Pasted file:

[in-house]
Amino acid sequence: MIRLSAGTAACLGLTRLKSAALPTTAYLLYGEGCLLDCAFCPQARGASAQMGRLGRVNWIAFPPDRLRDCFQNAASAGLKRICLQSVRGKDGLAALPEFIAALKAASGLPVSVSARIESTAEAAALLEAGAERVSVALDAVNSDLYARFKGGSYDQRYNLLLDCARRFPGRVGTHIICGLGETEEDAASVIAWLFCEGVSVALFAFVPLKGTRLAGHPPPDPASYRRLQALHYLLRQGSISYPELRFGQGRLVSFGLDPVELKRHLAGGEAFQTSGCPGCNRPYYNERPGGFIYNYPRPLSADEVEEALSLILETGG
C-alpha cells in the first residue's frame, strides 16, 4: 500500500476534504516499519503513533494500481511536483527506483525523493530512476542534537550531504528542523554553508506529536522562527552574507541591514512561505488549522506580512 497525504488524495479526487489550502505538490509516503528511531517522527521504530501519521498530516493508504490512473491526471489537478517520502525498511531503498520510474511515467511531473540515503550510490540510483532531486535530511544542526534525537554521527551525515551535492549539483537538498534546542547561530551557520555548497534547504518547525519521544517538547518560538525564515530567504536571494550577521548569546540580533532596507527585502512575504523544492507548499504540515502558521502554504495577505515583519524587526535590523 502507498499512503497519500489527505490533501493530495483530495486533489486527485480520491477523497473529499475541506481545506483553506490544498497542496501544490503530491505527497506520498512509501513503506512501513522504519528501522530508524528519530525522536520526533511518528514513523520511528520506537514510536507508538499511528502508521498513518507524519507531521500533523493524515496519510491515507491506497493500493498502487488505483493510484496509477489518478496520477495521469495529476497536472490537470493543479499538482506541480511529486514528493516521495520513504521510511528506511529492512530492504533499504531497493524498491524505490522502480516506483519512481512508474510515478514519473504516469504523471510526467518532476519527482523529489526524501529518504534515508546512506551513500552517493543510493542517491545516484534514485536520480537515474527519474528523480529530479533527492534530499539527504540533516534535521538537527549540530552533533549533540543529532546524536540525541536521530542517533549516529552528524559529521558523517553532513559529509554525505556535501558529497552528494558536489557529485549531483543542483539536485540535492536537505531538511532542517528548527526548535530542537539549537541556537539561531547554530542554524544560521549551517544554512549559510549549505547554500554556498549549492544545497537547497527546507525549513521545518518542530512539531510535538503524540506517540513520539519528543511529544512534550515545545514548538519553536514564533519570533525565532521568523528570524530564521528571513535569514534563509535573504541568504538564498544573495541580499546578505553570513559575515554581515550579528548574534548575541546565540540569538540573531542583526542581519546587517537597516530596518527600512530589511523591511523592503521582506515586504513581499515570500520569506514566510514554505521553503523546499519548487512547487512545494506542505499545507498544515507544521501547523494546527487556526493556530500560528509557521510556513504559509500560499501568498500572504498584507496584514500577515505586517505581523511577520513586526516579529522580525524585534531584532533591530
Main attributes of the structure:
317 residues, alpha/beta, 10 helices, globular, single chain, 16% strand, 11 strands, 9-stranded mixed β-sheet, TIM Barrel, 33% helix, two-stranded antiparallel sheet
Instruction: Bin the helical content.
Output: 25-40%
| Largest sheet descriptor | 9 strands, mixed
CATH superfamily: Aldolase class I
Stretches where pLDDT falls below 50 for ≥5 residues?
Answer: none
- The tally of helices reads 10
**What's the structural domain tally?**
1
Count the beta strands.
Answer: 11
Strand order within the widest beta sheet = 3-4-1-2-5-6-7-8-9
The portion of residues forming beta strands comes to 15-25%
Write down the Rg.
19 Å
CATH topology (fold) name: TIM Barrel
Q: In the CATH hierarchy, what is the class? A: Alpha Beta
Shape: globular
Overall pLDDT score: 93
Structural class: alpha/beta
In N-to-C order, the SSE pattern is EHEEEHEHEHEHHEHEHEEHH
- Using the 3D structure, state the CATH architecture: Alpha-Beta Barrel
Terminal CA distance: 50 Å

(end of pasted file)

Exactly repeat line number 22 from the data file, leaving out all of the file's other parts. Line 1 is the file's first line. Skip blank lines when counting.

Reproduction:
Q: In the CATH hierarchy, what is the class? A: Alpha Beta